cover image Blood Standard

Blood Standard

Laird Barron. Putnam, $26 (336p) ISBN 978-0-7352-1287-9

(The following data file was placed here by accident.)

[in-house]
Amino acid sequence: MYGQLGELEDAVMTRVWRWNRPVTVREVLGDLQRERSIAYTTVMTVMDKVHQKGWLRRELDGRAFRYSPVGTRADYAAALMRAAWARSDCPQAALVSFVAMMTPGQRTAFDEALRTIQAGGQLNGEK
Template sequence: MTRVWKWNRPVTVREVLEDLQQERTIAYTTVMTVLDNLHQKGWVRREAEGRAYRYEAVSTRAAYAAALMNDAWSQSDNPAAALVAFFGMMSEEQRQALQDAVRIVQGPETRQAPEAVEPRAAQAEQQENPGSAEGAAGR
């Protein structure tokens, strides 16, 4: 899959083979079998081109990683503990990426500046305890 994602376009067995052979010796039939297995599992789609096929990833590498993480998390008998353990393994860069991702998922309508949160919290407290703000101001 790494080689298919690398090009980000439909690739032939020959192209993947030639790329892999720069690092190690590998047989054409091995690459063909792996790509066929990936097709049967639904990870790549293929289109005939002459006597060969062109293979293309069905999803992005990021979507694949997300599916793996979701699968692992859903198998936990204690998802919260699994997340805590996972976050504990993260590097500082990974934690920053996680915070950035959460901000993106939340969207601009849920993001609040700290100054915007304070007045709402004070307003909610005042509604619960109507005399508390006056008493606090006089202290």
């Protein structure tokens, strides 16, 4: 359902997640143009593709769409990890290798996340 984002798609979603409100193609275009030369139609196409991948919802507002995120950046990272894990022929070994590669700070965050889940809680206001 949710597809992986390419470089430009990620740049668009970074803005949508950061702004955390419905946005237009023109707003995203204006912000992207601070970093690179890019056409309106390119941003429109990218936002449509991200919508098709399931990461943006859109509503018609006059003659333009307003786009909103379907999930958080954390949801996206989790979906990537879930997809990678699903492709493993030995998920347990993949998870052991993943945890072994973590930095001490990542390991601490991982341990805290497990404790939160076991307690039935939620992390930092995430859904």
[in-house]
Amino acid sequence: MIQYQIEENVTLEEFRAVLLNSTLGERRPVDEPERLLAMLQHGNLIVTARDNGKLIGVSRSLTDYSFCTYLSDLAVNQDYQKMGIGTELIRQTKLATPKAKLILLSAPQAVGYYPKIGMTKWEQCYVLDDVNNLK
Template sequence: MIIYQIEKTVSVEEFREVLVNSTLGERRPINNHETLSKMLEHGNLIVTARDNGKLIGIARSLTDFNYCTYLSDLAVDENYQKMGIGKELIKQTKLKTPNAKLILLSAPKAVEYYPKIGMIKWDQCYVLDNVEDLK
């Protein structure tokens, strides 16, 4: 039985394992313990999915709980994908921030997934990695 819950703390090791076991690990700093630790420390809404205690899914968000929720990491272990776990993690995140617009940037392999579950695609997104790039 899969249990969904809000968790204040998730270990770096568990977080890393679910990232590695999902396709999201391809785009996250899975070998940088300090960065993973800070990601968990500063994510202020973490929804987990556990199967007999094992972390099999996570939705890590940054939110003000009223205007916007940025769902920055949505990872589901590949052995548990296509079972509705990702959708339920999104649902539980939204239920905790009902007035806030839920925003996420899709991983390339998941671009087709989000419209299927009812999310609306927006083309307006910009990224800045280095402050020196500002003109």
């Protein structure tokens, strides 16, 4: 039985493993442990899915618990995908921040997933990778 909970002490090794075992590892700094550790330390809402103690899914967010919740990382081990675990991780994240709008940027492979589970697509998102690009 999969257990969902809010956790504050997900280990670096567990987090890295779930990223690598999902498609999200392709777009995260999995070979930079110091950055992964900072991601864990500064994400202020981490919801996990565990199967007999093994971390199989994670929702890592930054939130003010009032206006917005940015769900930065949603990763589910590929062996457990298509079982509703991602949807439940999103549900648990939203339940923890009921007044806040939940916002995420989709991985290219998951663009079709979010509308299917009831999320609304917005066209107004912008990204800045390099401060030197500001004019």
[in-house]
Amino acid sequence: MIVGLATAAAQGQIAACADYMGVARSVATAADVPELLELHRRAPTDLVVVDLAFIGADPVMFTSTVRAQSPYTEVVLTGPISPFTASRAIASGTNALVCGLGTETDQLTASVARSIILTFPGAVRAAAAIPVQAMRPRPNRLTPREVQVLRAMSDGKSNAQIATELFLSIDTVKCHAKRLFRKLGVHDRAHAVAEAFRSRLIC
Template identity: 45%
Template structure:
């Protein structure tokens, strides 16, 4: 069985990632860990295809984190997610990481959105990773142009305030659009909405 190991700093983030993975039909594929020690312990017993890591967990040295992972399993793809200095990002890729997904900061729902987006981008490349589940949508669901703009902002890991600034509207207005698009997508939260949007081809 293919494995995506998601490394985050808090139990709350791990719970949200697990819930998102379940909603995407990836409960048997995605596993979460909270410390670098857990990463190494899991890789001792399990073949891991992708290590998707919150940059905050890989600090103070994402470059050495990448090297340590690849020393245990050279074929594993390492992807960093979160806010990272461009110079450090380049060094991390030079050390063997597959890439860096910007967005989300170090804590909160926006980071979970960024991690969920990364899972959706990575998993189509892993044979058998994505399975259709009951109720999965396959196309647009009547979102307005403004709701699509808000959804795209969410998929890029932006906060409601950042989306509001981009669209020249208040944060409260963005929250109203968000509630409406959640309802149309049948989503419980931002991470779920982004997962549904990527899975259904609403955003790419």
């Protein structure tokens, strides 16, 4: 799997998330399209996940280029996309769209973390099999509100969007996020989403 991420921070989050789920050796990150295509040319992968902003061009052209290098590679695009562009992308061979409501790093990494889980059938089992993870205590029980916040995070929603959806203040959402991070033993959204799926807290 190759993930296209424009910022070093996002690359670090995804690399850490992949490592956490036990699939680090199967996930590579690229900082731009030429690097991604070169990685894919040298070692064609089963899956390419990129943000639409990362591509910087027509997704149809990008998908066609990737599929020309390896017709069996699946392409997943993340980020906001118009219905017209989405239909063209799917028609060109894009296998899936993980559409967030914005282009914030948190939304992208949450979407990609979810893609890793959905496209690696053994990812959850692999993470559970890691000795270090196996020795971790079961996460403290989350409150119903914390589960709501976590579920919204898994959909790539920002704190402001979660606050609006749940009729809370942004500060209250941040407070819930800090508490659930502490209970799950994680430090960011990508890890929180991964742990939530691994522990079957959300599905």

Barron’s often formulaic first crime novel falls short of the high standard set by his horror fiction (The Imago Sequence and Other Stories). Isaiah Coleridge aspires to be a Sam Spade–like gumshoe, but instead he works as a strongman for the Mafia’s Alaskan branch. On a mission in Nome, where Isaiah, who was never “a hunter of dumb beasts,” is supposed to help “local mob potentate” Vitale Night massacre walruses for their ivory, he impulsively hits Vitale in the throat as the two men stand in the bow of a boat. Night’s lieutenant takes Isaiah captive, and Isaiah barely escapes execution before fleeing to New York’s Hudson Valley, where he starts a new life as a farmhand. When a teenage girl, the granddaughter of his employers, disappears, Isaiah finally gets to act out his PI fantasies and investigate. Baroque prose only belabors the conceit (“We moved against them as a bloodless dawn glow filtered through the canopy”). Since Barron has done imaginative and memorable work in the past, he could still salvage this series. Author tour. Agent: Janet Reid, New Leaf Literary & Media. (May)